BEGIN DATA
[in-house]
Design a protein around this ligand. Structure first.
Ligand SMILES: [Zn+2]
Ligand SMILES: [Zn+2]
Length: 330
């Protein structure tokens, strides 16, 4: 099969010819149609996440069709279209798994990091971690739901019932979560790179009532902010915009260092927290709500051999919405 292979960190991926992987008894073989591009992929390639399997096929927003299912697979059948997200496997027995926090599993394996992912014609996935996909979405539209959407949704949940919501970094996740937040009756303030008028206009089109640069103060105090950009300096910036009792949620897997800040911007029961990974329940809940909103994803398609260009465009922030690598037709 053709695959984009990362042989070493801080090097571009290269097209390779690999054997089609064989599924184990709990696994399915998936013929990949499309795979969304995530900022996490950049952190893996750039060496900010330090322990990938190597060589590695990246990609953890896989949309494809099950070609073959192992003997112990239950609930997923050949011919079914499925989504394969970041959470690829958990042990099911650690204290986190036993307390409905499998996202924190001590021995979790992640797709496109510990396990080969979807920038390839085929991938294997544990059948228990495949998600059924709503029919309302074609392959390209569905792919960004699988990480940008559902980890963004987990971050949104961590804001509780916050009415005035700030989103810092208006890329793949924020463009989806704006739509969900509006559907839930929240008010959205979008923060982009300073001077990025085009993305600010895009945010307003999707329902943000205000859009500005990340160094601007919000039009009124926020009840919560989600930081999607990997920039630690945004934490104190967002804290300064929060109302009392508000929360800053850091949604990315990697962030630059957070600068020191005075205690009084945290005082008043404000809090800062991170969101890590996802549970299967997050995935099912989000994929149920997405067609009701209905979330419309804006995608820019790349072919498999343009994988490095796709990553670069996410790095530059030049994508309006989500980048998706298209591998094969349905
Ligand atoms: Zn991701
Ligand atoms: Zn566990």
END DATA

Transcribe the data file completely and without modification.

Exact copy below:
[in-house]
Design a protein around this ligand. Structure first.
Ligand SMILES: [Zn+2]
Ligand SMILES: [Zn+2]
Length: 330
């Protein structure tokens, strides 16, 4: 099969010819149609996440069709279209798994990091971690739901019932979560790179009532902010915009260092927290709500051999919405 292979960190991926992987008894073989591009992929390639399997096929927003299912697979059948997200496997027995926090599993394996992912014609996935996909979405539209959407949704949940919501970094996740937040009756303030008028206009089109640069103060105090950009300096910036009792949620897997800040911007029961990974329940809940909103994803398609260009465009922030690598037709 053709695959984009990362042989070493801080090097571009290269097209390779690999054997089609064989599924184990709990696994399915998936013929990949499309795979969304995530900022996490950049952190893996750039060496900010330090322990990938190597060589590695990246990609953890896989949309494809099950070609073959192992003997112990239950609930997923050949011919079914499925989504394969970041959470690829958990042990099911650690204290986190036993307390409905499998996202924190001590021995979790992640797709496109510990396990080969979807920038390839085929991938294997544990059948228990495949998600059924709503029919309302074609392959390209569905792919960004699988990480940008559902980890963004987990971050949104961590804001509780916050009415005035700030989103810092208006890329793949924020463009989806704006739509969900509006559907839930929240008010959205979008923060982009300073001077990025085009993305600010895009945010307003999707329902943000205000859009500005990340160094601007919000039009009124926020009840919560989600930081999607990997920039630690945004934490104190967002804290300064929060109302009392508000929360800053850091949604990315990697962030630059957070600068020191005075205690009084945290005082008043404000809090800062991170969101890590996802549970299967997050995935099912989000994929149920997405067609009701209905979330419309804006995608820019790349072919498999343009994988490095796709990553670069996410790095530059030049994508309006989500980048998706298209591998094969349905
Ligand atoms: Zn991701
Ligand atoms: Zn566990």